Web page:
Ostara: What Are You Planting?

Ostara: What Are You Planting? March 13, 2020

As the warmth of spring starts to loosen the grip of winter’s cold, the quickening of Imbolc transforms from thought and desire into action. The energies of new beginnings and rebirth are everywhere and seeds are planted, literally and metaphorically, for the coming harvest.

Throughout the agricultural cycle, each of the eight touchpoints of the Wheel of the Year is vital and none more so than Spring Equinox when the seeds go into the loosened ground, full of the promise of an abundant return in the fall.

The quantification of agriculture is amazing to consider. One corn seed produces two full ears of corn. One tomato plant produces up to two hundred tomatoes if they are sown correctly. One bean seed can produce one-hundred and twenty beans. If we do a little, we get a lot.

The Lost Art of the Harvest

Planting is a chore now left to the farmers and the aficionados of home gardening. Gone is the time when a whole village went into the fields to plant, nurture, and reap a harvest. Still, those instincts run strong inside us. For many of us, the rituals and rhythms of planting run in our DNA and sing through our blood.

Eric and I started the CUSP tradition (Climbing Up the Spiral Pathway) more than two decades ago and now it is practiced worldwide with the goal being to use the eight sabbats of each year to manifest positive life changes. CUSP takes the idea of planting into proactive manifestation.

In the CUSP tradition, at Ostara, we plant intentions for the year, such as a better relationship, a nicer car, a more rewarding job, a bigger house, or a deeper relationship with one’s family. We plant joy, wisdom, strength, friendships, an opportunity to travel, or a greater understanding of what motivates us.

From Ostara through Lughnasaad, we tend our crops by working on our goals and tuning into the wisdom of the Universe to accept guidance on how to best proceed. From Lughnasaad through Samhain, our goals reach fruition and we harvest the rewards.

Planting Tips

Over the years, we have learned some strong lessons about how to plant. For instance:

  • Do not plant a negative. We never go into the garden and plant “not corn,” or “not potatoes.” Likewise, when you are planting life changes, focus on what you want to gain, not what you want to lose. Plant “Health” or “Strength” rather than “Lose Weight.” Plant “Wealth” and “Abundance” rather than “Overcome Poverty.” Plant “Courage” rather than “Overcome Fear.” My experience has been that the Universe hears nouns, not modifiers, so if you say, “Lose Weight,” it hears “Weight” and gives you some more. Put your focus on the positive, not the negative, and that is the energy you will attract.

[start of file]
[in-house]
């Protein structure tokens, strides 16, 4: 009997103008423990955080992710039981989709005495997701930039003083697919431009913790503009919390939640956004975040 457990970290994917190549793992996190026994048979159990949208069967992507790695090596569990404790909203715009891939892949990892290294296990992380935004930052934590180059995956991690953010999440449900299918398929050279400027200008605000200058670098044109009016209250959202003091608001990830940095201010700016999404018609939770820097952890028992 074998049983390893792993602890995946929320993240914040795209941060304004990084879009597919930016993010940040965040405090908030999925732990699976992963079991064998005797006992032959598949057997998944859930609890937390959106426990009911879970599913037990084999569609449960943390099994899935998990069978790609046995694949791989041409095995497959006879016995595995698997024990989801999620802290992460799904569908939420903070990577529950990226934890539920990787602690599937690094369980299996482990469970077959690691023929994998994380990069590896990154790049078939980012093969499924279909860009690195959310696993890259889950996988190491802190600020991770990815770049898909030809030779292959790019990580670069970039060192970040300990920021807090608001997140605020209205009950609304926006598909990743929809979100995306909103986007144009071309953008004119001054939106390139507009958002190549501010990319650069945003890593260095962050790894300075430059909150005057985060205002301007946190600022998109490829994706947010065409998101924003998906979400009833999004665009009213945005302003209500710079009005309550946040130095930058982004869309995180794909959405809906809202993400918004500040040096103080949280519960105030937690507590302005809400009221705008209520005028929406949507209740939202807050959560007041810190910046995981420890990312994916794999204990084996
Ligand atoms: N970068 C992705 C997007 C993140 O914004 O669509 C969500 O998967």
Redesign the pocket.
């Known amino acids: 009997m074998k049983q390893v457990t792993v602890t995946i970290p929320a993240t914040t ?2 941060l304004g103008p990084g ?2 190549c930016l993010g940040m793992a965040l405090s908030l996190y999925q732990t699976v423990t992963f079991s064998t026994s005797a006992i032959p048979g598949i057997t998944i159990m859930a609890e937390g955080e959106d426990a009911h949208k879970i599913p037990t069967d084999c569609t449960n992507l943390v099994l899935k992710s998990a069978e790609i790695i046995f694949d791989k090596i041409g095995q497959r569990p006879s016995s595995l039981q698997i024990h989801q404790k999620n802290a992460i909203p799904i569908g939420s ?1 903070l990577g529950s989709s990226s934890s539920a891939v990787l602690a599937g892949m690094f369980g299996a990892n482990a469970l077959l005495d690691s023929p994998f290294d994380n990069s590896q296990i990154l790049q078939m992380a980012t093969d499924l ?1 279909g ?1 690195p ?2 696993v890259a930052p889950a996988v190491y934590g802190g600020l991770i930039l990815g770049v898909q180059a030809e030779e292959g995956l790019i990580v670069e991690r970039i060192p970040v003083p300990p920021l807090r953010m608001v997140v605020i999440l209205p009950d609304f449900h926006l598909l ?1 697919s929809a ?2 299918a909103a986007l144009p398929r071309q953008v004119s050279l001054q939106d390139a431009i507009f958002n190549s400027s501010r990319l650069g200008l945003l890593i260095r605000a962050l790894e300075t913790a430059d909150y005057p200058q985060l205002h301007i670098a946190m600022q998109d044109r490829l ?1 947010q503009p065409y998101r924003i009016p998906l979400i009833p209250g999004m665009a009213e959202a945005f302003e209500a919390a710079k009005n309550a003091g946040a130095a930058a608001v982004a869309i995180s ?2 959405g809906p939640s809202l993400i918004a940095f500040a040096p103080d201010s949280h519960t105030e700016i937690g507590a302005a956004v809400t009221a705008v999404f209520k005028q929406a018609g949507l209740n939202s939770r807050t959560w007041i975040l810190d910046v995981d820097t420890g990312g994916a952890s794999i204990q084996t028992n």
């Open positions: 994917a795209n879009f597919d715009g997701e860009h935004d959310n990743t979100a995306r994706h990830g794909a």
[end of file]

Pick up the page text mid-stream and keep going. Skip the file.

• Distill your goals. When we make a list of the things we want to change in our life, sometimes, we can group several goals into one umbrella goal. “I want a better car,” “I want a bigger house,” and “I want prettier clothes” can all fall under “Financial Abundance.” “I want kinder friends,” “I want a closer relationship with my parents,” and “I want to connect on a deeper level with my partner” can all fall under “Healthier Relationships.” If you see a theme to what is missing from your life, combine goals so that your energy is less diversified.
  • Do the Work. We can throw seeds out into the field and trust that a few might take hold and grow to maturity to produce something we can use to the goal of nourishment. If, however, we do the work to maximize the seed’s potential by breaking up and nourishing the soil, pulling away the weeds, providing sufficient water, and fertilizing appropriately, the result is so much grander. Likewise, we can make a wish and send it out to the Universe and then sit back on our laurels and wait, but the more we do to make that wish a reality, the greater our return will be in the fall. “As Above, So Below,” applies just as easily to the energy needed for healthy and complete manifestation. Do not make your gods do all of the heavy lifting.
  • Do not lose faith. I drove past a church sign once that said, “Do not dig up in doubt what you planted in faith.” Once you plant a seed, you do not go outside every day and dig it up to see if it is growing. Plant your seeds of change with confidence and let them grow. Tend to them. Give them what they need to flourish, and then let them do their thing, trusting the process completely. Worry is where magic goes to die.

Macrocosms & Metaphors

While that describes the primary act of creating positive change, a side hustle of this practice is that we become more mindful about what we plant in different ways in the world. What are we sowing out there among our fellow people? Are we spreading seeds of hate and divisiveness? Are we so involved with criticizing how someone else presents in society that we fail to tend our own garden? Are we sowing seeds of fear and worry? What are we planting in life’s garden?

Just like the garden metaphor shows, we get out of life what we put into it. That does not mean we are exempt from floods, locusts, fires, and drought. Life happens. What it does mean is that if we truly want to optimize our life experience, we need a blend of our own efforts with the blessings of the Universe.

Photos from Wikimedia
Katrina Rasbold is a professional working witch who lives in the beautiful Sierra Nevada Mountains of California. Her shop, Crossroads, is in Shingle Springs, CA where she and her husband, Eric, perform spellwork and spiritual cleansings for their clients, as well as offering handmade magical products. www.crossroadsoccult.com.

 


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